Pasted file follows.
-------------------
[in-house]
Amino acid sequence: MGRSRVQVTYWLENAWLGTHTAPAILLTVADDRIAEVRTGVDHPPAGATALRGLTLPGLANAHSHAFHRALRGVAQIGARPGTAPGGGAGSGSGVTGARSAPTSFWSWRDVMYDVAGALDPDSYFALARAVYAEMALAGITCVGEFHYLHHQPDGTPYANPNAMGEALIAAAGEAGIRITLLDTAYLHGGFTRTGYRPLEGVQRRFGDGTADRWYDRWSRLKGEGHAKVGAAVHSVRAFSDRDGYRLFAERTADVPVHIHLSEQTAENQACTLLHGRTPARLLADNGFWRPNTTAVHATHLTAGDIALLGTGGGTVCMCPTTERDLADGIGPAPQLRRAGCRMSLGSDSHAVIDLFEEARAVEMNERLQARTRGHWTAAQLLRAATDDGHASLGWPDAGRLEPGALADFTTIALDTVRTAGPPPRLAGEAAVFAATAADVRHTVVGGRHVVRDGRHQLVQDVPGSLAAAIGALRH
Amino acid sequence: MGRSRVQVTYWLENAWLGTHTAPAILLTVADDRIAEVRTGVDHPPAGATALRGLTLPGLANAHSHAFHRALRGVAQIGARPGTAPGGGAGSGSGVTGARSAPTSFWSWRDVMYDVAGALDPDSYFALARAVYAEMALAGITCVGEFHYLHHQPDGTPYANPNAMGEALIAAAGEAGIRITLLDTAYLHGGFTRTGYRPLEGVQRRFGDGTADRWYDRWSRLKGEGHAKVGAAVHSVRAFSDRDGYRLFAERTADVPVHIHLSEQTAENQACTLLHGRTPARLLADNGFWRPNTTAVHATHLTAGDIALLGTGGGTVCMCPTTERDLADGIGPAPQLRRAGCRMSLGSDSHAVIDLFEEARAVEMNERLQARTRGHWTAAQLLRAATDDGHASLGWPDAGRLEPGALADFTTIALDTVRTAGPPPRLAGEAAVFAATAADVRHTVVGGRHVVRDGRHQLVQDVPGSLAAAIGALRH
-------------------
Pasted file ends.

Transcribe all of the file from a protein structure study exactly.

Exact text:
[in-house]
Amino acid sequence: MGRSRVQVTYWLENAWLGTHTAPAILLTVADDRIAEVRTGVDHPPAGATALRGLTLPGLANAHSHAFHRALRGVAQIGARPGTAPGGGAGSGSGVTGARSAPTSFWSWRDVMYDVAGALDPDSYFALARAVYAEMALAGITCVGEFHYLHHQPDGTPYANPNAMGEALIAAAGEAGIRITLLDTAYLHGGFTRTGYRPLEGVQRRFGDGTADRWYDRWSRLKGEGHAKVGAAVHSVRAFSDRDGYRLFAERTADVPVHIHLSEQTAENQACTLLHGRTPARLLADNGFWRPNTTAVHATHLTAGDIALLGTGGGTVCMCPTTERDLADGIGPAPQLRRAGCRMSLGSDSHAVIDLFEEARAVEMNERLQARTRGHWTAAQLLRAATDDGHASLGWPDAGRLEPGALADFTTIALDTVRTAGPPPRLAGEAAVFAATAADVRHTVVGGRHVVRDGRHQLVQDVPGSLAAAIGALRH
Amino acid sequence: MGRSRVQVTYWLENAWLGTHTAPAILLTVADDRIAEVRTGVDHPPAGATALRGLTLPGLANAHSHAFHRALRGVAQIGARPGTAPGGGAGSGSGVTGARSAPTSFWSWRDVMYDVAGALDPDSYFALARAVYAEMALAGITCVGEFHYLHHQPDGTPYANPNAMGEALIAAAGEAGIRITLLDTAYLHGGFTRTGYRPLEGVQRRFGDGTADRWYDRWSRLKGEGHAKVGAAVHSVRAFSDRDGYRLFAERTADVPVHIHLSEQTAENQACTLLHGRTPARLLADNGFWRPNTTAVHATHLTAGDIALLGTGGGTVCMCPTTERDLADGIGPAPQLRRAGCRMSLGSDSHAVIDLFEEARAVEMNERLQARTRGHWTAAQLLRAATDDGHASLGWPDAGRLEPGALADFTTIALDTVRTAGPPPRLAGEAAVFAATAADVRHTVVGGRHVVRDGRHQLVQDVPGSLAAAIGALRH